寄件者: David Perry (MKT-US)
傳送日期: Monday, August 02, 2010 11:00:58 PM
主旨: ::NEWSBANK:: Open Source Intellegence from DEFCON 18
PS---this is not MY (David Perry's) talk, that's just the title of the piece.
My DefCon 18 Social Engineering Skytalk
Finished up my skytalk on Social Engineering a bit ago and thought I would share some additional thoughts…..
The overall theme of the skytalk was how to use open sources of information to both profile and social engineer users/targets/victims and I think it went quite well. Open source intelligence gathering (called OSINT) is defined by wikipedia as:
Open source intelligence (OSINT) is a form of intelligence collection management that involves finding, selecting, and acquiring information from publicly available sources and analyzing it to produce actionable intelligence. In the intelligence community (IC), the term “open” refers to overt, publicly available sources (as opposed to covert or classified sources); it is not related to open-source software or public intelligence.
Although there are quite a few “sources” to use for this method:
- Media: newspapers, magazines, radio, television, and computer-based information.
- Web-based communities and user generated content: social-networking sites, video sharing sites, wikis, blogs, and folksonomies.
- Public data: government reports, official data such as budgets, demographics, hearings, legislative debates, press conferences, speeches, marine and aeronautical safety warnings, environmental impact statements and contract awards.
- Observation and reporting: amateur airplane spotters, radio monitors and satellite observers among many others have provided significant information not otherwise available. The availability of worldwide satellite photography, often of high resolution, on the Web (e.g., Google Earth) has expanded open source capabilities into areas formerly available only to major intelligence services.
- Professional and academic: conferences, symposia, professional associations, academic papers, and subject matter experts.
- Most information has geospatial dimensions, but many often overlook the geospatial side of OSINT: not all open source data is unstructured text. Examples of geospatial open source include hard and softcopy maps, atlases, gazetteers, port plans, gravity data, aeronautical data, navigation data, geodetic data, human terrain data (cultural and economic), environmental data, commercial imagery, LIDAR, hyper and multi-spectral data, airborne imagery, geo-names, geo-features, urban terrain, vertical obstruction data, boundary marker data, geospatial mashups, spatial databases, and web services. Most of the geospatial data mentioned above is integrated, analyzed, and syndicated using geospatial software like a Geographic Information System (GIS) not a browser per se.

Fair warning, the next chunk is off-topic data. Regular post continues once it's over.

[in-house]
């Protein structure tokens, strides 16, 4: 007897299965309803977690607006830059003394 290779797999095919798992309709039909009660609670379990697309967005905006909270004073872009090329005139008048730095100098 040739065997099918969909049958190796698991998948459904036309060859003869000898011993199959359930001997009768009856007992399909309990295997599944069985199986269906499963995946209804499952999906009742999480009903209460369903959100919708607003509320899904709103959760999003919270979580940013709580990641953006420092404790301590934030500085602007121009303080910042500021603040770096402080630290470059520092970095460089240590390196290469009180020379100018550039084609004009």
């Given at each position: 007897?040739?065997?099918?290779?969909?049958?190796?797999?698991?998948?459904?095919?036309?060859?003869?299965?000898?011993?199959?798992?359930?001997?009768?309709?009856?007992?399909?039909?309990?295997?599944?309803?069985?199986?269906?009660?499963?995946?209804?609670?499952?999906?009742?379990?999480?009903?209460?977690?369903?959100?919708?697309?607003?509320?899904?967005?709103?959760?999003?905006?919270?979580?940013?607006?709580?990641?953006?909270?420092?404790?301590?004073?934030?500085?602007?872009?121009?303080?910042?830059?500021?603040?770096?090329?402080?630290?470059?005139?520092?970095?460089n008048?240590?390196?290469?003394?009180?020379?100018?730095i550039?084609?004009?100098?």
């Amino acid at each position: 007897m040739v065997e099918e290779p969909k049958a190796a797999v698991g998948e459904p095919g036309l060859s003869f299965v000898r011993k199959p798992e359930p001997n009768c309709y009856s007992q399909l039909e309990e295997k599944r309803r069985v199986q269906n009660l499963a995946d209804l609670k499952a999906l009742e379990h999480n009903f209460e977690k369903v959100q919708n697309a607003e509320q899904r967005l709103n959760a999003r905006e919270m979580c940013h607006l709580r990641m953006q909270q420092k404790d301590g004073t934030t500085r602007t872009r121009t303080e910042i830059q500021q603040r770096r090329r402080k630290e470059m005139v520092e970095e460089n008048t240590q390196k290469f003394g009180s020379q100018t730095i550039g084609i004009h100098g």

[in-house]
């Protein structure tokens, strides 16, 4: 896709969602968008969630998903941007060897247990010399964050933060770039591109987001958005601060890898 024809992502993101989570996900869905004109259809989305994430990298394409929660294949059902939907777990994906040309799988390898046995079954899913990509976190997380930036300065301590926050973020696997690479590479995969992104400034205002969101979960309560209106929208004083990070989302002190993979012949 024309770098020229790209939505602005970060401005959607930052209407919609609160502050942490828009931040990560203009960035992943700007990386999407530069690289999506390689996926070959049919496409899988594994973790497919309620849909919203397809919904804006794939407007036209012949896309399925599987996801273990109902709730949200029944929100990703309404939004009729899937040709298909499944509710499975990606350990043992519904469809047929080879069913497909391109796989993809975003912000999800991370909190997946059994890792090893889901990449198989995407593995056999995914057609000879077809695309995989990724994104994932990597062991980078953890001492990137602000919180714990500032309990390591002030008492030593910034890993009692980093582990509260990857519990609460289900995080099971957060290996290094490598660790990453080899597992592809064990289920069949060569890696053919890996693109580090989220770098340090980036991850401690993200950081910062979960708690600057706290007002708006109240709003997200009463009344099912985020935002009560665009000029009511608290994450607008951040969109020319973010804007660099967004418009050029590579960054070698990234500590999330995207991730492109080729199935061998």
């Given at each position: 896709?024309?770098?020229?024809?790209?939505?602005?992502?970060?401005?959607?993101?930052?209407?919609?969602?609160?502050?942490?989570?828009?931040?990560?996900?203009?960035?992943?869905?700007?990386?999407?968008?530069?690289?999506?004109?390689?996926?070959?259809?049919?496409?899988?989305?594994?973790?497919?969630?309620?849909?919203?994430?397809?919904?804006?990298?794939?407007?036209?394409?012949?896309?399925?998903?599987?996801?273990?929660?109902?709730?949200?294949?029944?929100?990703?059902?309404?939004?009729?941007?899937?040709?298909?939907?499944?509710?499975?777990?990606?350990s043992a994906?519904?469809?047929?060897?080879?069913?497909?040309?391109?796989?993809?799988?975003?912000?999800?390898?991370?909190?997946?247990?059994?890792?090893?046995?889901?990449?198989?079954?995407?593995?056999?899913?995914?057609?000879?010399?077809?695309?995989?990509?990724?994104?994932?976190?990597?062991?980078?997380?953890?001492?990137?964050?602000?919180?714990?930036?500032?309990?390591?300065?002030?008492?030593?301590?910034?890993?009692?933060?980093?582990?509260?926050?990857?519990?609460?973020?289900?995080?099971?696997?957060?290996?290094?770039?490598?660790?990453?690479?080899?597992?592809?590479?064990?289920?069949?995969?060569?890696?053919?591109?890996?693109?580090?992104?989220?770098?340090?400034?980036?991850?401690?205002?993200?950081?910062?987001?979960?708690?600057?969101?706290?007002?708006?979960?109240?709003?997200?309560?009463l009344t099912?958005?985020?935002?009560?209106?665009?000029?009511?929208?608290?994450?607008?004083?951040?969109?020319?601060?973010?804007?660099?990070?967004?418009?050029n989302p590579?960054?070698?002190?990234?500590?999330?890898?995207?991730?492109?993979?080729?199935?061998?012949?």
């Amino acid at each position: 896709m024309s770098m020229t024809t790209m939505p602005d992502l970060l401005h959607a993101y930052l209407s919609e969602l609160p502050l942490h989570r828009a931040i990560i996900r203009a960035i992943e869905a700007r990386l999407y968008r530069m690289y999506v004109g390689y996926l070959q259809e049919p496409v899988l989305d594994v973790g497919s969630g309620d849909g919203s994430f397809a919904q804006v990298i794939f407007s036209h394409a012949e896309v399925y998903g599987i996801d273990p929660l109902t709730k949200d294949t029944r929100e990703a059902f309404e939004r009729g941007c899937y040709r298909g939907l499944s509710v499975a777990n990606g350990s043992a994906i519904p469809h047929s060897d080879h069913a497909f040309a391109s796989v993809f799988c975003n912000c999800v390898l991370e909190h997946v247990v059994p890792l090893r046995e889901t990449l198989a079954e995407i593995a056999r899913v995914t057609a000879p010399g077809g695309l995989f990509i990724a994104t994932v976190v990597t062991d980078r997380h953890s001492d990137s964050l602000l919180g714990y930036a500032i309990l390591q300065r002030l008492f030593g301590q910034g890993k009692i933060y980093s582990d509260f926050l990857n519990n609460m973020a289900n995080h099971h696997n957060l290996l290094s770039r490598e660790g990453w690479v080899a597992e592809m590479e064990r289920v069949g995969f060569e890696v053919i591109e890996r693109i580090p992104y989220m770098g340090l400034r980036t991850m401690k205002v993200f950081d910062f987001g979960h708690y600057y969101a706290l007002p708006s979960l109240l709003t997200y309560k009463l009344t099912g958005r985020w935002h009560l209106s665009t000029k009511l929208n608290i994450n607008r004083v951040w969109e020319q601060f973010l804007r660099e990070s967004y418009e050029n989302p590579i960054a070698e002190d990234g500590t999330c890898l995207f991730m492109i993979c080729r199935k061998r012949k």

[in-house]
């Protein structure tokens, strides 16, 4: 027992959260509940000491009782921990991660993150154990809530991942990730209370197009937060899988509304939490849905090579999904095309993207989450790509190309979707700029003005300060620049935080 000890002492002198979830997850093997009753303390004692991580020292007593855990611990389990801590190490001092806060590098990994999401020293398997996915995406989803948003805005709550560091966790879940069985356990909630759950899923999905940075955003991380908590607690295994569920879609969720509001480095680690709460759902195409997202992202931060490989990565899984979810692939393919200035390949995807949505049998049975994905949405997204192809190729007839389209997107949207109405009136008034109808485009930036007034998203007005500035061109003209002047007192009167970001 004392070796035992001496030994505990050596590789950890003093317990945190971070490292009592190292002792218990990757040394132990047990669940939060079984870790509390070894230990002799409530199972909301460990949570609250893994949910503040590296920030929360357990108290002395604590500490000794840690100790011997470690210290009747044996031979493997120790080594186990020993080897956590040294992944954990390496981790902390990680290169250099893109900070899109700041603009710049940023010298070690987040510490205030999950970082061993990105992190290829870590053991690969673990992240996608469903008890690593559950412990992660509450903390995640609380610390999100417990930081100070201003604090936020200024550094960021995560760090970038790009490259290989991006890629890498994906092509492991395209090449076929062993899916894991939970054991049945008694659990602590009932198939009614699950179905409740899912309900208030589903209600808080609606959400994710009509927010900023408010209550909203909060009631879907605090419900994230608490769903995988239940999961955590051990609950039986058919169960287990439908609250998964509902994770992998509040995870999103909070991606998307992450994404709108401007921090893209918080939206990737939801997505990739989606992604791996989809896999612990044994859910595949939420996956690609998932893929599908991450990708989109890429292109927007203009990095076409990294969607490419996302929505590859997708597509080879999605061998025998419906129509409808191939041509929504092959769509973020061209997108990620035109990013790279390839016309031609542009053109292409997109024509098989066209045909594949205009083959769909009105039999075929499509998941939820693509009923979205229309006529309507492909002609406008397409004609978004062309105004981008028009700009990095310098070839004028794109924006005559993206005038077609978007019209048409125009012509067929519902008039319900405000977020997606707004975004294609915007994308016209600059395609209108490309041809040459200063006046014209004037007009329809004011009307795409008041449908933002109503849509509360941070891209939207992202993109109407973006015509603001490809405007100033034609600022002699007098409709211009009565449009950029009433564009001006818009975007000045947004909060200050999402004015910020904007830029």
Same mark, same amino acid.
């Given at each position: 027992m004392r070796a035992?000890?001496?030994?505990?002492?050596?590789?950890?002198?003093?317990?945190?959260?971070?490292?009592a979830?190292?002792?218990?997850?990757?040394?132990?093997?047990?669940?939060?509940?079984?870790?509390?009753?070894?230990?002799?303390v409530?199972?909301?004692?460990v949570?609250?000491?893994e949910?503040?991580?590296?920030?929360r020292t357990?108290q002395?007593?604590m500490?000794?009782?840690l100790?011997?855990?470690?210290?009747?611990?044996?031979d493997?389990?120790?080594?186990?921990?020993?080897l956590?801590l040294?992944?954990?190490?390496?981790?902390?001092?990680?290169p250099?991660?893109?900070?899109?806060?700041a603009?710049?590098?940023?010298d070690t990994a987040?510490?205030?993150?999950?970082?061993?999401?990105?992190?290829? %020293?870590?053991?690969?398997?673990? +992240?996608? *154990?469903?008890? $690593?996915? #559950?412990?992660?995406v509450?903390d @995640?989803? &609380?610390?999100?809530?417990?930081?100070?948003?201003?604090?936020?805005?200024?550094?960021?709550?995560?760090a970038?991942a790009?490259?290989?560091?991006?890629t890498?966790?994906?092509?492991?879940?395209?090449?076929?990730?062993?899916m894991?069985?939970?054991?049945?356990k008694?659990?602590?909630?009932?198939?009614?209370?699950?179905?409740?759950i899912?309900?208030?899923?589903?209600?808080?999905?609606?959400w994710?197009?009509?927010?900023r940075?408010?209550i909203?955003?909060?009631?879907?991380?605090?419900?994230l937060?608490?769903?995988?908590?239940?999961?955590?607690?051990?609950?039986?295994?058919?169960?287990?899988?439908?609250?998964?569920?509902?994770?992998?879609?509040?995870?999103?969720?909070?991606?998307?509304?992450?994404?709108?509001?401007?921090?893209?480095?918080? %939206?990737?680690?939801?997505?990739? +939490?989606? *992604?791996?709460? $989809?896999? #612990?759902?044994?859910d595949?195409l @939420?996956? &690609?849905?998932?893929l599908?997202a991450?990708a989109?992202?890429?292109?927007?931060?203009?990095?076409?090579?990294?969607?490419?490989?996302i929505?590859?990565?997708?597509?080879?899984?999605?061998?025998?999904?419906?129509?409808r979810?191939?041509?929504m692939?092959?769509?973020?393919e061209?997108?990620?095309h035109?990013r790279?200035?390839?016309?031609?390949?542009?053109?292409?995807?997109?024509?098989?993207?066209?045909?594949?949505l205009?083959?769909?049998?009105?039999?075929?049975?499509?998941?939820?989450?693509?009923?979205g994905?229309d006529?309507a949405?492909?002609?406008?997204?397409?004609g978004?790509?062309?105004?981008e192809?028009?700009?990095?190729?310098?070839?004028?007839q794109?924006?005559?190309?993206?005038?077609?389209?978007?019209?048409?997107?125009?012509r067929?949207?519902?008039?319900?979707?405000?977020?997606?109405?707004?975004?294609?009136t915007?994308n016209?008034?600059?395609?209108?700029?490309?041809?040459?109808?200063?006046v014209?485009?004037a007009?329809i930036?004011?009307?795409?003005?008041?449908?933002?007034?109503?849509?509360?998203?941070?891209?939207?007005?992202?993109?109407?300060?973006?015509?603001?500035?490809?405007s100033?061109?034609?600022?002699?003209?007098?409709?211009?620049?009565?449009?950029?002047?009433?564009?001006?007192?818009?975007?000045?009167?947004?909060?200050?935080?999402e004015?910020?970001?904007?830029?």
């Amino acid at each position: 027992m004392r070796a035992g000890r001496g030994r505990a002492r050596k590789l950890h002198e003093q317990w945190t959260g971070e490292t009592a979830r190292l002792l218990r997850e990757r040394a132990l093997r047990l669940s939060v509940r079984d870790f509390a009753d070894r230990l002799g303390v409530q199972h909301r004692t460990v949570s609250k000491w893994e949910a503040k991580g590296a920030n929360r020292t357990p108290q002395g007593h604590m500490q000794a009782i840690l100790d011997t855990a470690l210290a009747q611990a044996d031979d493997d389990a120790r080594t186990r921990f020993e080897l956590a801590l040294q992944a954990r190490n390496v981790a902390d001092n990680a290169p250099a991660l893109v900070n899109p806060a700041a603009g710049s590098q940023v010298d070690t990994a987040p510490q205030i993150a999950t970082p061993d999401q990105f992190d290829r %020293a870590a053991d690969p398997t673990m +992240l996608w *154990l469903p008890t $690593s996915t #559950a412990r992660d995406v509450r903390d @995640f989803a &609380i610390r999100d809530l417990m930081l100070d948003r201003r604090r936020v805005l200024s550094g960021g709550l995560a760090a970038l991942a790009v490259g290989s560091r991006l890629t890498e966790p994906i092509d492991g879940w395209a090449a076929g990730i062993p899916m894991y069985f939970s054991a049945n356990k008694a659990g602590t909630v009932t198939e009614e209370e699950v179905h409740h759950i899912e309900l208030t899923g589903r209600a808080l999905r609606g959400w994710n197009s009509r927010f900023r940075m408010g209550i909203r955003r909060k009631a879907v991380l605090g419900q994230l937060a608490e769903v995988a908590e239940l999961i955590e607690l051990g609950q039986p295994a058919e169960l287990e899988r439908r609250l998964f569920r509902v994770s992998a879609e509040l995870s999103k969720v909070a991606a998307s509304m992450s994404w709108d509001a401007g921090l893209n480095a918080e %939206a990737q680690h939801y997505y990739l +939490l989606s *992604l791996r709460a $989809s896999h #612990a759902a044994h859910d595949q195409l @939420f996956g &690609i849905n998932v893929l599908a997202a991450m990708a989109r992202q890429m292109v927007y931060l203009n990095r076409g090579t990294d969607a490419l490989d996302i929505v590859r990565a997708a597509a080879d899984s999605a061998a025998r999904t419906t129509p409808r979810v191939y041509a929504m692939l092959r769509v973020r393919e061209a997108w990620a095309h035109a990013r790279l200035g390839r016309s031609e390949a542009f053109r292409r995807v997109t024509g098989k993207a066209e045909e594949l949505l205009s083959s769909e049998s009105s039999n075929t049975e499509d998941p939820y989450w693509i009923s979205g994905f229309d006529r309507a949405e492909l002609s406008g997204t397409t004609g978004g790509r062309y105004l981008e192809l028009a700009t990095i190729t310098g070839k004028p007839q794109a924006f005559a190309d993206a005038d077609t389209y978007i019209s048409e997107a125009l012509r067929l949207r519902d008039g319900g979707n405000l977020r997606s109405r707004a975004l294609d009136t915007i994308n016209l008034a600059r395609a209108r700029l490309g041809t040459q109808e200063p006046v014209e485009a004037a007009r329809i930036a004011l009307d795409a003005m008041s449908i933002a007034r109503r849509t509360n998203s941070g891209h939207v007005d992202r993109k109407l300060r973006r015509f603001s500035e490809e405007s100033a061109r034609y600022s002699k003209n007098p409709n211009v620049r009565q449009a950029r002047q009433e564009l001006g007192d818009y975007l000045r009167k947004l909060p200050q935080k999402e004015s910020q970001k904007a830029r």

My focus was on using Web 2.0 technologies, specifically twitter, twitter-based or enabled apps and facebook as a way to gather info and intel on users to specifically target them for various social engineering-based attacks. Not “textbook” OSINT maybe as I have a very different goal but certainly in the vein… The sheer amount of actionable user information that is available on sites like these is mindboggling if you know how to mine them and connect the dots. Gold mines of personal information on user trends, popular searches, favorite subjects, things users hate, things users love, etc, are all a click or two away for the social engineer or intel gatherer if you know the sites to hit. This is the very type of data a scammer, phisher or attacker would want to take their attack from broad and hopeful to targeted, precise and GUARANTEED.
If I, as an attacker, know my target to the point of likes, dislikes, political leanings, mobile platform most used, operating system most used, what they talk about on Twitter or Facebook, etc.. the likelihood of that user clicking something I want them to (or engaging in a variety of actions I may want them to take) is assured. The ability to craft a specific message based on a targets Internet behavior profile is actually quite easy if you mine a few sites correctly.
Some of the sites I showed were:
TwitScoop – Twitter Trending Info
PicFrog – Twitter Image Searching
Twopular _ Popular Twitter Trends
Trendistic – Twitter Trends (also gives tag percentages which are MONEY!!)
hashtags – Twitter Tag Searches
TwitterMap – Geo and Tag-based Global Twitter Maps
OpenBook – FaceBook Searches
TinyURL – URL Shortner (allows customized shortened URLs which is MAGIC for hiding malware and other naught bits!!)
Bing – Create Geographic Twitter Mapping
These are most of the ones I showed but believe me there are tons of other related ones. It is not the sites themselves (or really even the data on them individually) but rather what users themselves are putting out there combined with a good intel analysts (you could insert social engineer or scammer here as well) ability to mine these sites a develop some VERY detailed target/victim profiles.
Be conscious of what you share. Be responsible with what you post. It is NOT the bad guys fault if they gather info their victims freely and mindlessly share. Take back the Internet.